Finance

15% of new car buyers pay more than $1,000 a month

According to a recent survey released by Edmunds, an auto industry analysis firm, more new car buyers than ever before are paying more than $1,000 a month on their auto loans.

New car buyers face a major affordability problem as both car prices and interest rates rise rapidly. This could put buyers at risk of slipping into negative equity on their new vehicles.

  • More than 15% of consumers who financed a car in the fourth quarter of 2022 committed to making auto loan payments of more than $1,000 per month.
  • This is a record and significant increase compared to last year.
  • High vehicle prices and elevated interest rates make buying a new car very expensive and put new car buyers at risk of negative equity.

New car prices and interest rates are rising

According to data released by Edmunds, just over 15% of consumers financing a new vehicle in the fourth quarter of 2022 committed to a monthly payment of more than $1,000. That’s a record high, and it also represents a sharp rise in the cost of auto loans – just a year ago, 10% of consumers committed to such a large payment.

There are two main reasons for the increase in car loan costs. One thing is simple, new cars are more expensive than ever. According to estimates by JD Power and LMC Automotive, the average price of a new car in December 2022 was $46,382. It is also a record and an increase of 2.5% compared to last year.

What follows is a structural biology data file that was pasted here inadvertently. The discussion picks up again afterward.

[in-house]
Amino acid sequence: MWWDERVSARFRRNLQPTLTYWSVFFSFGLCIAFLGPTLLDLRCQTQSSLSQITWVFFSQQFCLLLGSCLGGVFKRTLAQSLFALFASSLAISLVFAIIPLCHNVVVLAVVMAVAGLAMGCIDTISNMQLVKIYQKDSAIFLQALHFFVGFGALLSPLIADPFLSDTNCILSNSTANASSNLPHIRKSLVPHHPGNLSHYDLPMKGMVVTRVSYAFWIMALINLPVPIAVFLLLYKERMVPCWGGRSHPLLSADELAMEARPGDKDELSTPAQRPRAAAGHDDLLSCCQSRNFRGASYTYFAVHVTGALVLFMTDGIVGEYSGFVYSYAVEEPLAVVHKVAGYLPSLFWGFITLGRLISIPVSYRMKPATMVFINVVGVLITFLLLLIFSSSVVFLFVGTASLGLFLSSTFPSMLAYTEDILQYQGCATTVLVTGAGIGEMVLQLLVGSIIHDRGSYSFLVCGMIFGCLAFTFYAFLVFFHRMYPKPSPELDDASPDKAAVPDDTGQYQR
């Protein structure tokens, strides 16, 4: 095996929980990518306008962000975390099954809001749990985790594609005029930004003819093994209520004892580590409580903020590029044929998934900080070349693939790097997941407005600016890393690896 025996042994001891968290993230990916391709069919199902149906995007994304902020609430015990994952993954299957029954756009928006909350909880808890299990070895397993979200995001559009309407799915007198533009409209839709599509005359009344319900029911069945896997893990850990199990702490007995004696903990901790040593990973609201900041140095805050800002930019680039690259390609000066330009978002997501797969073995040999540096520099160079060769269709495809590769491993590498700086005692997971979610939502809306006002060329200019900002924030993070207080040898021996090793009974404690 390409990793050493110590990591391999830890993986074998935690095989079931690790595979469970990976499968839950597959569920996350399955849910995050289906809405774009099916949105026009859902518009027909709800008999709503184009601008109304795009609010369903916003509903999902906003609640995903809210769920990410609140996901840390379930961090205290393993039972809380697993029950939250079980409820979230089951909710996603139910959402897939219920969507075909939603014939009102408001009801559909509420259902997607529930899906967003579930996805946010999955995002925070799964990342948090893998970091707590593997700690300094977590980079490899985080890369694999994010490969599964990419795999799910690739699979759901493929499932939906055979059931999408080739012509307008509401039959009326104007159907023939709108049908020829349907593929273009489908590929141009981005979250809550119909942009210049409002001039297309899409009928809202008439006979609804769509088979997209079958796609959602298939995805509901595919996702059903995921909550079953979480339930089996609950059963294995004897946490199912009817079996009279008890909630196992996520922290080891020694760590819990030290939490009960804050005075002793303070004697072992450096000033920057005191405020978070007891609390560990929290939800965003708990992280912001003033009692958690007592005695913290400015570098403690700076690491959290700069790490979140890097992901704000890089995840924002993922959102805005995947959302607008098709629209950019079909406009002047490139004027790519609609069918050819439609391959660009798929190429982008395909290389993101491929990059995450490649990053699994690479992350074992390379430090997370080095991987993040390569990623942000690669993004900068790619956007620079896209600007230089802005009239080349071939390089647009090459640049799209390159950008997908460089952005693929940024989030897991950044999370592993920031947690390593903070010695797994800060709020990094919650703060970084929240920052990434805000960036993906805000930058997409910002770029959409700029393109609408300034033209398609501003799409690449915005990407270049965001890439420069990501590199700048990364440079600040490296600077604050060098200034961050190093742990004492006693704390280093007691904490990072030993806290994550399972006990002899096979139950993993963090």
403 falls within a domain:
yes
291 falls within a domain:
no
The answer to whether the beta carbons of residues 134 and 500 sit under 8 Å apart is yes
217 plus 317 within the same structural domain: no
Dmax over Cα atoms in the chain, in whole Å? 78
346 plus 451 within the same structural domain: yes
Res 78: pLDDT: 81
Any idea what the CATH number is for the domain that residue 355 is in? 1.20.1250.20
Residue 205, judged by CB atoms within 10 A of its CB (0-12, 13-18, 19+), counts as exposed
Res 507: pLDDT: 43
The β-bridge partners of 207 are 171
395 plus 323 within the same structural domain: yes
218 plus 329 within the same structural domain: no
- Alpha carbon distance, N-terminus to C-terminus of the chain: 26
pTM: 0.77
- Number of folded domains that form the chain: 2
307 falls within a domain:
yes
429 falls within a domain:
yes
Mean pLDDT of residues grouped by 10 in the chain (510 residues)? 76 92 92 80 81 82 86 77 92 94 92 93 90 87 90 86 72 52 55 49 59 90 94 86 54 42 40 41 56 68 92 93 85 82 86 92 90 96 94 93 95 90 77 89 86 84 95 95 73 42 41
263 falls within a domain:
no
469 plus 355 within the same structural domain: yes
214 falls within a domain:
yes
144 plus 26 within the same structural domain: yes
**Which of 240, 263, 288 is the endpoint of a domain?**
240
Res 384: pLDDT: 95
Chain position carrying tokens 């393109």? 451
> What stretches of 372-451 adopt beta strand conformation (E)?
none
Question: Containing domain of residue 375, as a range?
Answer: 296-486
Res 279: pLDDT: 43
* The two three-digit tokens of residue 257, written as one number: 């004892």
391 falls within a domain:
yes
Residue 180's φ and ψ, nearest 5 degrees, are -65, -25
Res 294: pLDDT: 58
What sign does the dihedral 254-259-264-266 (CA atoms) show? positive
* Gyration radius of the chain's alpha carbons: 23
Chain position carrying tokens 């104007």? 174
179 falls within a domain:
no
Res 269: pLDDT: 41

Another factor influencing new car buyers is the prime interest rate on new car loans. The average interest rate on these loans is now 6.5 percent, compared to 4.1 percent a year ago. Auto lenders raised their interest rates as did the Federal Reserve. Worryingly, things could get worse – as the Fed raises interest rates to fight inflation, the cost of a car loan could get even higher.

New car buyers face downside equity risks

Rising car prices and interest rates may have increased the cost of car loans, but that doesn’t mean paying more than $1,000 a month for a new car makes sense. Indeed, consumers who take out expensive car loans today can face significant financial risks.

Although new car prices have risen significantly over the past year, there is no certainty that this trend will continue. Indeed, there is good reason to believe that new car prices may even fall over the next few years as microchip shortages caused by the Covid-19 pandemic subside and more new cars become available. This in turn is likely to cause used car values ​​to drop.

This means that consumers financing a new car today are likely to see the value of their vehicle depreciate relatively quickly, even as they pay high interest on the loan they used to purchase it. This puts these buyers at significant risk of negative equity – that is, a situation where they owe more on their loan than their car is worth.

If you really need to replace your vehicle, you may have no choice but to take that risk. But if you can wait to finance a new car, it might make financial sense.

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